Enjoy Your Dinner

“The supreme art of war is to subdue the enemy without fighting.” Sun Tzu, The Art of War

The hardest battle to avoid is one brought on by your own expectations. It’s pretty normal for us to want our efforts to be appreciated. We moms (and dads who cook) often prepare meals out of a desire to nurture our loved ones. When that effort is rebuked, we can feel rejected.

First, it’s not you! Keep in mind that your tiny food critic just ate two-week old Cheerios off the floor — the ones the dog may or may not have missed. You did not get snubbed by Top Chef judges.

This one was the hardest battle for me, too. I needed to let go of the idea that my child would love every dish I created on the first try. That’s just not how kids are wired. It only took me a couple hundred “orange” recipes to figure that one out!

Simply cook healthy, delicious foods. Try some of the strategies in this series to help with particular battles. Prepare one meal for the whole family, and try to only introduce that one new recipe at a time with familiar favorites on the menu, too.

Chances are when your toddler sees everyone enjoying the new recipe without him, he’ll eventually decide to try it as well.

A few ways to avoid more battles:

  • Encourage, but don’t force a try. With other foods available, you won’t have to stress over whether or not your child is eating.
  • If a battle of wills is at the root of the conflict, try these tactics to defuse the control issues.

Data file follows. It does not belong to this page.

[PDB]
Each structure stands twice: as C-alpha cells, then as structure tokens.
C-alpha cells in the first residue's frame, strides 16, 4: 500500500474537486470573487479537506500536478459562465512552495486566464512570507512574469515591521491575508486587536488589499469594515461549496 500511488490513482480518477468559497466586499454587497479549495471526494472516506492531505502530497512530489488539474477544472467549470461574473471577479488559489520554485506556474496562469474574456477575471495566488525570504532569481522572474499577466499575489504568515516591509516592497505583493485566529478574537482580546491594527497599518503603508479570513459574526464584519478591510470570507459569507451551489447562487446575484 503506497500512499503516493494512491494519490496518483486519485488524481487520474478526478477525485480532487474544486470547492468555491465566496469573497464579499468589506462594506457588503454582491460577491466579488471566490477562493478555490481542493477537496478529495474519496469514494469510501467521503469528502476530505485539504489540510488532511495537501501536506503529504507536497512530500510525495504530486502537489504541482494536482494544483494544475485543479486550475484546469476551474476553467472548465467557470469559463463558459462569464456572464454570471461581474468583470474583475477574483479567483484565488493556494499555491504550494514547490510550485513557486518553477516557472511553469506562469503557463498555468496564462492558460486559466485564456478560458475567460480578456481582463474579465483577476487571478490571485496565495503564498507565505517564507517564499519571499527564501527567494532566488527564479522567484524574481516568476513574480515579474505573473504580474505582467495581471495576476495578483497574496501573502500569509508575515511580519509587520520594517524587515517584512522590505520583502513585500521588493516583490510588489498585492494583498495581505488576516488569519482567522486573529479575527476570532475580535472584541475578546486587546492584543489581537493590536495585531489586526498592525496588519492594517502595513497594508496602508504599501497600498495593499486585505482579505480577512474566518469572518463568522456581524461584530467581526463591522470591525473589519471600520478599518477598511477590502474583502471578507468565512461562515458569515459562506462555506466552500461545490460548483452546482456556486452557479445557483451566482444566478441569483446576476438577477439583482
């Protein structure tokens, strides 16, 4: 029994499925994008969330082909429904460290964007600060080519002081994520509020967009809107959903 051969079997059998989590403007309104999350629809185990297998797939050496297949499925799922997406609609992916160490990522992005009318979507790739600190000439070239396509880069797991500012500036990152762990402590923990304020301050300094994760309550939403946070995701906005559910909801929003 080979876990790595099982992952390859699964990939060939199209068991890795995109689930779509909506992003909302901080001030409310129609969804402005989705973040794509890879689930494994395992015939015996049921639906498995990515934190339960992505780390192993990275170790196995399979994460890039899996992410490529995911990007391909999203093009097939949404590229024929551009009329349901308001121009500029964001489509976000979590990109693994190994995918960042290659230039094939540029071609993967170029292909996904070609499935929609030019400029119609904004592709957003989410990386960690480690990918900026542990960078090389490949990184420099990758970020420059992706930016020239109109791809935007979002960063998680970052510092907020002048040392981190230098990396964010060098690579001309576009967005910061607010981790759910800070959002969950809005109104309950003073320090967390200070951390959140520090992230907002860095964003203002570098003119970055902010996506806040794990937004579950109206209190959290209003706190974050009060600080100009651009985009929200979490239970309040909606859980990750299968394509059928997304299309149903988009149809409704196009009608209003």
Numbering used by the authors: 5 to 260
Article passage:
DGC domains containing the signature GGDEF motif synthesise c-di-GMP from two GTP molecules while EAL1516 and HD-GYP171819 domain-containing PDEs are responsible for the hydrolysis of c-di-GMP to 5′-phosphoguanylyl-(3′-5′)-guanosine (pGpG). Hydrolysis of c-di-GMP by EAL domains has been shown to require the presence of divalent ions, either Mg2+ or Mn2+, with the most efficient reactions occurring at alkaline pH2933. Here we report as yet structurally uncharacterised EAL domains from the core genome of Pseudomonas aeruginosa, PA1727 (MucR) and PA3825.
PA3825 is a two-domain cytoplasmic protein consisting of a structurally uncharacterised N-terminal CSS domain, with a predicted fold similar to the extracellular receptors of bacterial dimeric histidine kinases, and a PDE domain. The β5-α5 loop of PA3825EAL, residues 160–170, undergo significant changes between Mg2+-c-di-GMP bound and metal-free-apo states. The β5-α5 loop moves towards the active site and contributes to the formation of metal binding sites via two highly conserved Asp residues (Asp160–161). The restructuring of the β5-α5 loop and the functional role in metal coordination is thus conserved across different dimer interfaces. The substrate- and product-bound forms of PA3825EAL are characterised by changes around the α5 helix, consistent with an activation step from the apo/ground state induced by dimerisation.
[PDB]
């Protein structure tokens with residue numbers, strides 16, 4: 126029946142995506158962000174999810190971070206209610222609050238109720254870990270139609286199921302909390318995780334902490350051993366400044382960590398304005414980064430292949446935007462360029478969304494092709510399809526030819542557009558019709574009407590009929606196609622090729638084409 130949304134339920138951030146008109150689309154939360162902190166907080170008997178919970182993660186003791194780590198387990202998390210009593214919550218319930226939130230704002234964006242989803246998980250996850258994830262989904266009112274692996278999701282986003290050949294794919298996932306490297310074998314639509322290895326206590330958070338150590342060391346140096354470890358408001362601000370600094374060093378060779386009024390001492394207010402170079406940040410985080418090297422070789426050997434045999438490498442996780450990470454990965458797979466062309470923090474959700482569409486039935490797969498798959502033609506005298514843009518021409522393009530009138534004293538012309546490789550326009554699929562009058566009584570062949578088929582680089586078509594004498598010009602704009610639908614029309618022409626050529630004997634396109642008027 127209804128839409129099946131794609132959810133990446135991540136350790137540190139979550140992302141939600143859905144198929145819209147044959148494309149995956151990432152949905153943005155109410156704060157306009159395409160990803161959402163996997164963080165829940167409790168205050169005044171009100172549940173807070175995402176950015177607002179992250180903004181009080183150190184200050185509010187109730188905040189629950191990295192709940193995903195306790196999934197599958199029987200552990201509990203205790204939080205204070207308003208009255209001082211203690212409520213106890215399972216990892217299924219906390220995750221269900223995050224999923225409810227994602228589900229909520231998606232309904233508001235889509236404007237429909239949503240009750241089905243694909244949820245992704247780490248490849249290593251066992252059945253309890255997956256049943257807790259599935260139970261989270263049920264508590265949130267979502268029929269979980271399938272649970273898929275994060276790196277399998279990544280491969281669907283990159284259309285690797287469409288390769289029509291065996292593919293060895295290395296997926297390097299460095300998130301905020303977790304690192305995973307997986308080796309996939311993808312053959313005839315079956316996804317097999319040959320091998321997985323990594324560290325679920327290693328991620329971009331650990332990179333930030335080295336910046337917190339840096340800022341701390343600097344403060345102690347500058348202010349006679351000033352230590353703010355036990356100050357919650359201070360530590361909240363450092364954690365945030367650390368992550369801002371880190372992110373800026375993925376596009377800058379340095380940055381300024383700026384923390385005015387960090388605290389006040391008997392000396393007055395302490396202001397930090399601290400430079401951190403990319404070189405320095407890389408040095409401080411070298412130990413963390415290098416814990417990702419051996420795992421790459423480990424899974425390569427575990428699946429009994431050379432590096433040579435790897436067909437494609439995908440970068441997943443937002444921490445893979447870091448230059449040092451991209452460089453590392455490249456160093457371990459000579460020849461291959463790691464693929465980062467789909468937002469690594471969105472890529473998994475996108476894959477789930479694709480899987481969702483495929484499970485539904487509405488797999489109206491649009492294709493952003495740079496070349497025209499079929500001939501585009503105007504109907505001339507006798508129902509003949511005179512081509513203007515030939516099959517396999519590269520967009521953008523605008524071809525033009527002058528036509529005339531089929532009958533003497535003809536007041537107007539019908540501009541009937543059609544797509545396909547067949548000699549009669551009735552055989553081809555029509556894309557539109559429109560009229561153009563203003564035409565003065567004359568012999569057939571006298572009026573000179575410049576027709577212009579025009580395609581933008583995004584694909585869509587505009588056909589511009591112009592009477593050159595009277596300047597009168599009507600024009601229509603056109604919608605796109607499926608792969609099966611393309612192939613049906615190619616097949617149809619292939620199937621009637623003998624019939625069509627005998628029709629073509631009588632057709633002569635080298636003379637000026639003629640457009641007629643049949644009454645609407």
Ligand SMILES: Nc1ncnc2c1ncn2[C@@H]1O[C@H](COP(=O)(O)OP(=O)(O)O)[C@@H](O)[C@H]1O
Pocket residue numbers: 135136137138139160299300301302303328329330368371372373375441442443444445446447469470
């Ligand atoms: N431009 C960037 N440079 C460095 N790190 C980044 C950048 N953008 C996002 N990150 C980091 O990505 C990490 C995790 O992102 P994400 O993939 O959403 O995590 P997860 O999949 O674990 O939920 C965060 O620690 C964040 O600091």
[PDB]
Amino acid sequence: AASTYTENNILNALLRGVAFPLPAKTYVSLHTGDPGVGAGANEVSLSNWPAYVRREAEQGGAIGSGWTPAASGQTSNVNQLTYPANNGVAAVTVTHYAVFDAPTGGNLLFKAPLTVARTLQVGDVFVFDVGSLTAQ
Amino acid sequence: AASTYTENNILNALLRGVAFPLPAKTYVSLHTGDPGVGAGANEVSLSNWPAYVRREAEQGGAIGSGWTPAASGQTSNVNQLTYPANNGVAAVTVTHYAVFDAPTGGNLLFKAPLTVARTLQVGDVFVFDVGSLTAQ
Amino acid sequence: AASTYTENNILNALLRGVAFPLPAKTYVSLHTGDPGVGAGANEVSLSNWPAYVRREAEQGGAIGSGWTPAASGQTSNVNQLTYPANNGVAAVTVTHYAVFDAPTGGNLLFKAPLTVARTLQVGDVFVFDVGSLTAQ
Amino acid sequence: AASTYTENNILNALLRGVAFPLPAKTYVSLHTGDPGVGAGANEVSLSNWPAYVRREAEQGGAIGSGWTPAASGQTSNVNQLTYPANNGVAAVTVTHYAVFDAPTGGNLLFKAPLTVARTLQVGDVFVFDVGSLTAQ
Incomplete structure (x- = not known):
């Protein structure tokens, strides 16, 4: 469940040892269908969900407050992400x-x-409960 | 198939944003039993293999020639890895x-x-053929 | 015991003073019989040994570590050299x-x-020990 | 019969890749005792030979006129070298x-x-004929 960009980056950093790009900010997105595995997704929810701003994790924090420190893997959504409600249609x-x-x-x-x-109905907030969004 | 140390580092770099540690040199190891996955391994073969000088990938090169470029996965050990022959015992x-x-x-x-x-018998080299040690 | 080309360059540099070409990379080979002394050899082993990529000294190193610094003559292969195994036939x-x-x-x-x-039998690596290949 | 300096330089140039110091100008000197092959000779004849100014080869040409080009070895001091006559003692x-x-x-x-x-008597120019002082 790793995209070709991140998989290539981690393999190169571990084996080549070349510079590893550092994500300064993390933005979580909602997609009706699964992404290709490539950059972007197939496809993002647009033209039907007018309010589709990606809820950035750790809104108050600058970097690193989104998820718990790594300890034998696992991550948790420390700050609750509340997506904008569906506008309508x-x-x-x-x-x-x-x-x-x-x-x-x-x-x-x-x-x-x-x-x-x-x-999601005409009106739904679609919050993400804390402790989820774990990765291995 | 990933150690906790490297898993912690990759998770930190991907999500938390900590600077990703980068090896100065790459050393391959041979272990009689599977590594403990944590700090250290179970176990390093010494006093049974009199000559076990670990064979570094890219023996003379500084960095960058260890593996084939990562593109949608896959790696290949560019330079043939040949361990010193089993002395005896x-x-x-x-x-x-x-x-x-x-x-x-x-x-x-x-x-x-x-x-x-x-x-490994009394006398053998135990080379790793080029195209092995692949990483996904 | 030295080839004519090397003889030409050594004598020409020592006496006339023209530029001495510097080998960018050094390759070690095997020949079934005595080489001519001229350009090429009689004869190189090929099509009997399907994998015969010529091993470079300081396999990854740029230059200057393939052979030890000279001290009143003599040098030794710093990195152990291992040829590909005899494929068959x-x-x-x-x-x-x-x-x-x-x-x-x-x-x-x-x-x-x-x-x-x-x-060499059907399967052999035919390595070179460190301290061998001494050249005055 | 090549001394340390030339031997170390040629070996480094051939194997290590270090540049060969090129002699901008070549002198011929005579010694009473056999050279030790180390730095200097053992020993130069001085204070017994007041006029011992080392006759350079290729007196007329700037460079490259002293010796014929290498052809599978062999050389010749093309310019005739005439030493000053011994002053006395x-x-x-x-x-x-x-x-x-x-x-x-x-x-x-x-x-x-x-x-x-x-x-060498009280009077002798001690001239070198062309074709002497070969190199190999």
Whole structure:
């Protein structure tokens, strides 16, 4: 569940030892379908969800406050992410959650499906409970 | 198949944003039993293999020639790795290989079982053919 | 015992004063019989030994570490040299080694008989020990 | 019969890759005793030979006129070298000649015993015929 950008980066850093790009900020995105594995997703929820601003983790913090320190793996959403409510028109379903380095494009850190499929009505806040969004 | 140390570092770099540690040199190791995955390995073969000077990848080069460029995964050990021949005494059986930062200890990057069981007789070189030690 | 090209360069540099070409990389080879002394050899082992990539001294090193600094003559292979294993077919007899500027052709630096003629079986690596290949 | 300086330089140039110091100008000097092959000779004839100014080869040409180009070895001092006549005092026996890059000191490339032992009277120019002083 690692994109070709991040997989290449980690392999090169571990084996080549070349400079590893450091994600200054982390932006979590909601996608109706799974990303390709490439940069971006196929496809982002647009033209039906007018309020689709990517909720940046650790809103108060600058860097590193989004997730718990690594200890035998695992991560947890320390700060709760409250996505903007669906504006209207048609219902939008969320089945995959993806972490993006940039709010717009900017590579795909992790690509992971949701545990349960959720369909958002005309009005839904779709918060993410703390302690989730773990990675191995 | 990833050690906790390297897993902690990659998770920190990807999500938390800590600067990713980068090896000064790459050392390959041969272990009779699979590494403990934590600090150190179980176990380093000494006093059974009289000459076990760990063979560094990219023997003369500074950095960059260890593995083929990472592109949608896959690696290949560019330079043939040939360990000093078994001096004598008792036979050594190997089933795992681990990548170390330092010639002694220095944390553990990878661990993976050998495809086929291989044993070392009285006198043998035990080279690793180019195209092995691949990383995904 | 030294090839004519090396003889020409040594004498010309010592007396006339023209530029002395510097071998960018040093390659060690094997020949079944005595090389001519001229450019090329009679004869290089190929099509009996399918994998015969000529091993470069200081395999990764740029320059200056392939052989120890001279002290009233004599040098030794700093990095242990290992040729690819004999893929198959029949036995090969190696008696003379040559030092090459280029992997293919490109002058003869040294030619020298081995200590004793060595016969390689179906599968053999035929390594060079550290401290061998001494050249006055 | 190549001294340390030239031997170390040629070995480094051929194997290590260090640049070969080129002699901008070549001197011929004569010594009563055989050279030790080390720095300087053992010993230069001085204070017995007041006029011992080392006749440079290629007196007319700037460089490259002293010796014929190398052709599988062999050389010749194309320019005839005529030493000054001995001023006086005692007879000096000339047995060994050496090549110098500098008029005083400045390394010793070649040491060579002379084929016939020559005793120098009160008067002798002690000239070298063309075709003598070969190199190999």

• Enjoy your dinner — and show it. You cannot force a child to eat. You can, however, entice a child to want to eat what you are enjoying yourself.
  • Make a point to enjoy the experience as a family. For me, this meant letting my child feed me her foods, too. All the slobbery bits and early mush, er, foods. Still, I’d say it was worth it to take one for the team if it made trying new foods desirable and fun for my child.
  • Don’t fix a separate meal. This is a bad habit to start and once started, your child will continue to expect a short order kitchen.
  • Don’t limit your menu to “kid food.” Kids ate the same meal as their parents since the dawn of families. It’s only in the last fifty years that processed food marketers have offered unhealthy alternatives under the guise of “kid-friendly.” However, that limited palate of foods and menu centered on low-nutrition foods high in fat, salt and added sugars is anything but “friendly.”


Now, enjoy your dinner.

Published on: September 30, 2011
About the Author
Photo of Beth Bader

Beth Bader is the coauthor with Ali Benjamin of the acclaimed book, The Cleaner Plate Club, designed to help parents understand picky eating behaviors; where they originate, and how to deal with them creatively to get kids to eat better.

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